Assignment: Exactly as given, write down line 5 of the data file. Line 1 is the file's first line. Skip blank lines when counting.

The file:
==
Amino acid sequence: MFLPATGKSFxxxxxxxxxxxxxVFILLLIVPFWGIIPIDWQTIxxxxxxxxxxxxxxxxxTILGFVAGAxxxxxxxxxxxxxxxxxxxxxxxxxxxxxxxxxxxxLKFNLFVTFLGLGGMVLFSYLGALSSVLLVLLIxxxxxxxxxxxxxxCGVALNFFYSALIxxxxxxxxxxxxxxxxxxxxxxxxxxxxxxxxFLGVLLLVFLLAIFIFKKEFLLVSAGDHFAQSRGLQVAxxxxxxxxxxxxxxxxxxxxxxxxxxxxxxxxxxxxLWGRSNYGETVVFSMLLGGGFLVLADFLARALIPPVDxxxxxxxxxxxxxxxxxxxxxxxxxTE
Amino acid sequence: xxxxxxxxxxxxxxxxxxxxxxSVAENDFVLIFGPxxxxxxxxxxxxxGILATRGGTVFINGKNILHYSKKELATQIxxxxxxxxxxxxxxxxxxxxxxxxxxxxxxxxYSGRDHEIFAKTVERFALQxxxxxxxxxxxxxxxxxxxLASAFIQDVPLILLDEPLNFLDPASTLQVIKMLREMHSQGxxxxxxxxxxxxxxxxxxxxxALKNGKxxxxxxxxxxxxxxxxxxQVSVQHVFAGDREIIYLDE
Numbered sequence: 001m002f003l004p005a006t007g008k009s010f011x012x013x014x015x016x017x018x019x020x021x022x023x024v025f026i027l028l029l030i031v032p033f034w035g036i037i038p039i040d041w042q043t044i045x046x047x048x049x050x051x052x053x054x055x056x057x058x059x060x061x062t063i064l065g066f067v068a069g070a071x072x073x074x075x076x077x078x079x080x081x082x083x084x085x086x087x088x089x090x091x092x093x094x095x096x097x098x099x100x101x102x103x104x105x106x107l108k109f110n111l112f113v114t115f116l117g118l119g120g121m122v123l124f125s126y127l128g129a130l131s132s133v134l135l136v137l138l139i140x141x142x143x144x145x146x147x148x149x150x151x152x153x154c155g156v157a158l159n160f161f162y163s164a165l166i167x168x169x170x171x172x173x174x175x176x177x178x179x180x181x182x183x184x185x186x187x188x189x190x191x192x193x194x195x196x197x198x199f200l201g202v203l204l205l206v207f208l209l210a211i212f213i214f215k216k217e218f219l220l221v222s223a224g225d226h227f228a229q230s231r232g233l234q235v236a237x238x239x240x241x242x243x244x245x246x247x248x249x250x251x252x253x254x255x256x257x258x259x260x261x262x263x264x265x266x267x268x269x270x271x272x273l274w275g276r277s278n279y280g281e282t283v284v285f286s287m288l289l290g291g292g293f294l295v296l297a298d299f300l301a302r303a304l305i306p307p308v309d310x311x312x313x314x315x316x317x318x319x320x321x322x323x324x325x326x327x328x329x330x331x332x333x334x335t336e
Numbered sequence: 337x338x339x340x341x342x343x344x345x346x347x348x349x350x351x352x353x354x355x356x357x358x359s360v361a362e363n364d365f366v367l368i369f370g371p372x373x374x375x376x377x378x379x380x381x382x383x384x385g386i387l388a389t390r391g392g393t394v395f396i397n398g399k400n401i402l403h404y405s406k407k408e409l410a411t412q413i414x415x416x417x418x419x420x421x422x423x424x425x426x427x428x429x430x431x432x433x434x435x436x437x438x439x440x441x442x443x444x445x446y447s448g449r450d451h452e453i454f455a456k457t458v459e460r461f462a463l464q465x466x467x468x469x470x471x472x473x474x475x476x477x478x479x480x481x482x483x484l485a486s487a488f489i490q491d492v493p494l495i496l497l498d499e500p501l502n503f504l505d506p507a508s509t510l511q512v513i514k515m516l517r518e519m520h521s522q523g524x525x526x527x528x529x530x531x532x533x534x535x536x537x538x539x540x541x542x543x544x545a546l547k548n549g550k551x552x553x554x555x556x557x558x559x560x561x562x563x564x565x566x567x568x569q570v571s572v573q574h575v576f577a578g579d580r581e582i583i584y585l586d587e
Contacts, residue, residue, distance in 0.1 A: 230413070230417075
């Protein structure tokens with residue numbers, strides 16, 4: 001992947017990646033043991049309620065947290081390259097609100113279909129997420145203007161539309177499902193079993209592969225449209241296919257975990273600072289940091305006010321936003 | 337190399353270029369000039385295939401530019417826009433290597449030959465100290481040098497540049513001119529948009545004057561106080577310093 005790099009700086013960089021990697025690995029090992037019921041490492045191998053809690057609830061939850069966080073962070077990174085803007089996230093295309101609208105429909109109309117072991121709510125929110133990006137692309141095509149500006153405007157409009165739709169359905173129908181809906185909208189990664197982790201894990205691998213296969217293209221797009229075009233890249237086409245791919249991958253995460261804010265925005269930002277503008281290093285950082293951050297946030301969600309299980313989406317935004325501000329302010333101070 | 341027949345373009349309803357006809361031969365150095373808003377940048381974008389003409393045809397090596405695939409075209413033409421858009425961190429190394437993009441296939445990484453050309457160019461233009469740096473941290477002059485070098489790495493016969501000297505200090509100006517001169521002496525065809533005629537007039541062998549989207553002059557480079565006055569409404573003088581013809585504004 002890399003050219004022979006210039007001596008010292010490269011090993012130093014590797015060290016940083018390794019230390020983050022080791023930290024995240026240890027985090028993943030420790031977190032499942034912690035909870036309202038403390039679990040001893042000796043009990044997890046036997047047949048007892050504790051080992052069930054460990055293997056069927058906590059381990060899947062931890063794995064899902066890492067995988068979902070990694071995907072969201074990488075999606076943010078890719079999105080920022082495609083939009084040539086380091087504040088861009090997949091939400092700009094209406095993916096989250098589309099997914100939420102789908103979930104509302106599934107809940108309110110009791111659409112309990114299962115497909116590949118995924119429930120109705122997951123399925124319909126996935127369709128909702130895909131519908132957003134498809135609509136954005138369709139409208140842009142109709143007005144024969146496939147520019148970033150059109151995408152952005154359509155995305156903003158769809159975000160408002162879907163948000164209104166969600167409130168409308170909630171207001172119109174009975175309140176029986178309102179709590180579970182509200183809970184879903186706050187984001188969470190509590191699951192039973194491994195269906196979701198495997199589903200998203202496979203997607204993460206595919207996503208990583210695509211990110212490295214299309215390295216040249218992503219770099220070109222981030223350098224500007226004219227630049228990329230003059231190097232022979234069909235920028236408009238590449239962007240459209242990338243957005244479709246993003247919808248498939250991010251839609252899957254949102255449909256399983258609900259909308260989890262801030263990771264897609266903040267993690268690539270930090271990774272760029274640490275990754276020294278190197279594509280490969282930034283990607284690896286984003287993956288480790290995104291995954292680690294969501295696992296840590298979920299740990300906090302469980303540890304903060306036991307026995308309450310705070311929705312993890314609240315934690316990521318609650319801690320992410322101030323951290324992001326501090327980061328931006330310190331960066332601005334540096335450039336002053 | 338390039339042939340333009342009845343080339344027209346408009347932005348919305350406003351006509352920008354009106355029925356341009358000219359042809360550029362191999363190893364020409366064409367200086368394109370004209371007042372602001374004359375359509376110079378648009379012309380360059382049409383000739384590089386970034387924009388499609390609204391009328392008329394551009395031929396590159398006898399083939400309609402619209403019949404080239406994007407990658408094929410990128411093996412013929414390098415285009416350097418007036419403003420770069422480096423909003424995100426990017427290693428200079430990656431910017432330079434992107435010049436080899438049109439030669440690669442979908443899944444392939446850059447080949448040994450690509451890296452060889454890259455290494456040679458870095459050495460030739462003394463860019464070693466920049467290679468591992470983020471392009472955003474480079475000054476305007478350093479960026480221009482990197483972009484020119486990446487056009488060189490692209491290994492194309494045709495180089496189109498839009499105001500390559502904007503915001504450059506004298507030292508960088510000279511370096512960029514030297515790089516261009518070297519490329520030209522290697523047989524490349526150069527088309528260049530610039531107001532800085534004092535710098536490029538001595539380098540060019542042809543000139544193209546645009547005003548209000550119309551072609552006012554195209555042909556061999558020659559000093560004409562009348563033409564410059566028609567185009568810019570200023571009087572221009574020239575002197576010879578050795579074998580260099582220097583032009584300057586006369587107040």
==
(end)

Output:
Contacts, residue, residue, distance in 0.1 A: 230413070230417075